Terrorism and human rights has been the subject of increased attention since the events of 11th September 2001. Drawing on works that were originally published between 2002 and 2011, this authoritative research review covers a variety of topics, including detention and extraordinary rendition, targeted killings, freedom of expression, privacy and terrorist listings.
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Martin Scheinin

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Martin Scheinin

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Martin Scheinin

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Martin Scheinin

This chapter addresses one of the most important questions for the methodology of human rights law, both as a social practice and as a scholarly discipline, namely how to interpret the provisions of human rights treaties, many of which are seemingly vague or open-ended as texts. The author defends the view that there is a proper methodology for legal interpretation, understood as giving specific and concrete meaning to those texts. Even if different scholars or different lawyers may sometimes end up defending differing interpretations, the interpretive activity of each of them can be assessed for the correctness of its methodology and ultimately also for the correctness of the answer arrived at.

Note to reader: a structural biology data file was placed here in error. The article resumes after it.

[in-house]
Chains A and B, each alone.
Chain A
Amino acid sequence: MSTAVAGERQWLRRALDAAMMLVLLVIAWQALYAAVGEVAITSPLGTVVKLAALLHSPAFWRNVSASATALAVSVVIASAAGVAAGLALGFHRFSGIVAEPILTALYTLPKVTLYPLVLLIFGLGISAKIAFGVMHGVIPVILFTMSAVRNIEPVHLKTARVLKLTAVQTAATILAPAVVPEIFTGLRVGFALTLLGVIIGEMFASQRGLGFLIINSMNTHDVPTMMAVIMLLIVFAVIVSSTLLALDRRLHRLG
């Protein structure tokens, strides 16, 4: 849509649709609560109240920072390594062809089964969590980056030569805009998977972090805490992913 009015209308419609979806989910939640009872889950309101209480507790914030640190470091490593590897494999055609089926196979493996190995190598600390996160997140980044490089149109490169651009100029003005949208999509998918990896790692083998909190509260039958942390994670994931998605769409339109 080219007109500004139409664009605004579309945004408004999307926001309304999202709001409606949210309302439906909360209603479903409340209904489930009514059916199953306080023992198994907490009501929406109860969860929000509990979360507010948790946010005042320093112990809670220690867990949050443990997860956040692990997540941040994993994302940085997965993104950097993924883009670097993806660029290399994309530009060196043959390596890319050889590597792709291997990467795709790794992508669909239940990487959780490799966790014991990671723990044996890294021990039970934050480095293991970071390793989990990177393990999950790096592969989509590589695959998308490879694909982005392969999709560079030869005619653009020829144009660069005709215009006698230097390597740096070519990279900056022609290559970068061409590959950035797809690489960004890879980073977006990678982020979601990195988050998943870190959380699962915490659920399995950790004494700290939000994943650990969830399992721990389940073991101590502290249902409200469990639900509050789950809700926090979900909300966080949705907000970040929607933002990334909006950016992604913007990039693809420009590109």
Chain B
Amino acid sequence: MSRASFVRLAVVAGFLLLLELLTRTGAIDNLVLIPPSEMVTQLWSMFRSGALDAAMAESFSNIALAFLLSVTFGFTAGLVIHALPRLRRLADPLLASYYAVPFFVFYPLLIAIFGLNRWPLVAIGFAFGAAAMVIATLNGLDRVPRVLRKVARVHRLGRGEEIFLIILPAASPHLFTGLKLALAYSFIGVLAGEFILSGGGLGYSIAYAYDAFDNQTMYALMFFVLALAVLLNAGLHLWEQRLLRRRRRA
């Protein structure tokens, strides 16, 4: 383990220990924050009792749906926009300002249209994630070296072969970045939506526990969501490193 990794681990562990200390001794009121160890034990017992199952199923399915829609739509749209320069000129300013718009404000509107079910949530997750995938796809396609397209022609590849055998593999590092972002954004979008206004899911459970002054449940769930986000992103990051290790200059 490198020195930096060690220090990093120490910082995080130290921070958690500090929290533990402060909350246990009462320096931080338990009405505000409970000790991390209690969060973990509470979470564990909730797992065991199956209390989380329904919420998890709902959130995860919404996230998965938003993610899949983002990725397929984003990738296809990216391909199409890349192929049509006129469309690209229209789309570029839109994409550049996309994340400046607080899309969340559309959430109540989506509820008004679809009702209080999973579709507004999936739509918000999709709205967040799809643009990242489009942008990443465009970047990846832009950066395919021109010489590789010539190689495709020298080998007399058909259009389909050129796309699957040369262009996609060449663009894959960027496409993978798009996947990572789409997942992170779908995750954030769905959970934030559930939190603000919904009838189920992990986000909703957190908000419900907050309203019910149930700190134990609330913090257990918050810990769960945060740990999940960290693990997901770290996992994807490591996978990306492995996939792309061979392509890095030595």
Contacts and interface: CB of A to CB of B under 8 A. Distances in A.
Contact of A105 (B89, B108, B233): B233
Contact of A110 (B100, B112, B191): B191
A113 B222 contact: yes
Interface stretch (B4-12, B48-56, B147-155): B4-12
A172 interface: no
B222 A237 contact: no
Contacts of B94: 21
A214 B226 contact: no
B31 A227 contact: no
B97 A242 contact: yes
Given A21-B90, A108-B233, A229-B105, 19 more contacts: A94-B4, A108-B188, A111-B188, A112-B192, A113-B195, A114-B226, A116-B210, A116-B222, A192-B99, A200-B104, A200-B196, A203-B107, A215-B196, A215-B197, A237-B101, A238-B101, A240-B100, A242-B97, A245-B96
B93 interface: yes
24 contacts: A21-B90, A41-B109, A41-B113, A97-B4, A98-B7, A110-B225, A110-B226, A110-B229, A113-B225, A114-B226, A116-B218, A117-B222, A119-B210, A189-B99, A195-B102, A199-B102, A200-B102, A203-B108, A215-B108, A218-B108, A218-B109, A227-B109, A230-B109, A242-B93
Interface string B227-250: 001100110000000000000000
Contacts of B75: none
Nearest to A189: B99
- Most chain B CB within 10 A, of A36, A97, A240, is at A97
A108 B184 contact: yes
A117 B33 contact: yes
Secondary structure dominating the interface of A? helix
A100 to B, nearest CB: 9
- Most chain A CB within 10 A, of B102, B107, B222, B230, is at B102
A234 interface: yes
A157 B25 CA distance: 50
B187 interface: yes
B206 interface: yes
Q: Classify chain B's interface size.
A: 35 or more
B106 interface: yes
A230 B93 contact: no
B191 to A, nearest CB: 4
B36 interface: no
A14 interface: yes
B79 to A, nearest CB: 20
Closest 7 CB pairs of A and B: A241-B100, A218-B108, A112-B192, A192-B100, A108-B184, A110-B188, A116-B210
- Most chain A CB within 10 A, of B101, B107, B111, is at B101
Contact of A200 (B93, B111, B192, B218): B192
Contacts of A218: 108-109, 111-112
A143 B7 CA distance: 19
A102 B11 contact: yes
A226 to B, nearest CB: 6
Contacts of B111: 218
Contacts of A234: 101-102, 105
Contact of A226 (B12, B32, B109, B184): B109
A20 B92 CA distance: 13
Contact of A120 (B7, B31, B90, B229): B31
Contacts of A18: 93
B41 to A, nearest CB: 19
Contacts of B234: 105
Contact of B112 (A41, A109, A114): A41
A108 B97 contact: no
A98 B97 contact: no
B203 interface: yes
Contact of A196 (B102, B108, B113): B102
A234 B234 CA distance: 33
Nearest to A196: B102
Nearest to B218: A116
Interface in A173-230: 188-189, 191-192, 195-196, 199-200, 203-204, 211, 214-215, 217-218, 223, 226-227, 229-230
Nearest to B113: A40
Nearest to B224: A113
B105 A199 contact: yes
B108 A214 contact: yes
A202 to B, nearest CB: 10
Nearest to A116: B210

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Martin Scheinin

Martin Scheinin, Professor of International Law and Human Rights. This chapter brings together the themes related to surveillance and counter-terrorism by discussing the experiences of the role of the judiciary in respect of counter-terrorism laws in various parts of the world and the expanding use of new surveillance technologies. The main contribution by the author is in a discussion of ‘the pull of deferentialism’ through a presentation and critique of five different forms of judicial deference encountered in the fields of counter-terrorism and surveillance. The five factors that may contribute to an unjustified degree of judicial deference are related to arguments based on national security, to the role of technology and technological expertise, to the secrecy surrounding both counter-terrorism and surveillance measures, to the argument of the primacy of political legitimacy and finally, in particular at international or regional courts, to the argument of national sovereignty. The author calls upon the judiciary to act as guardians of constitutionalism and human rights also in issues of terrorism and surveillance. With reference to recent European research on the law, ethics and efficiency of surveillance technologies, the author proposes that a rational and structured framework for proportionality assessments by the judiciary can be established through relying on multidisciplinary expertise, including technological expertise, and an effort towards the quantification of factors such as effectiveness and efficiency of technology, and of human rights intrusion. These are essential tools in countering the pull of deferentialism that threatens to erode the particular responsibility of judges in matters where it is worst needed in the times of terrorism and surveillance.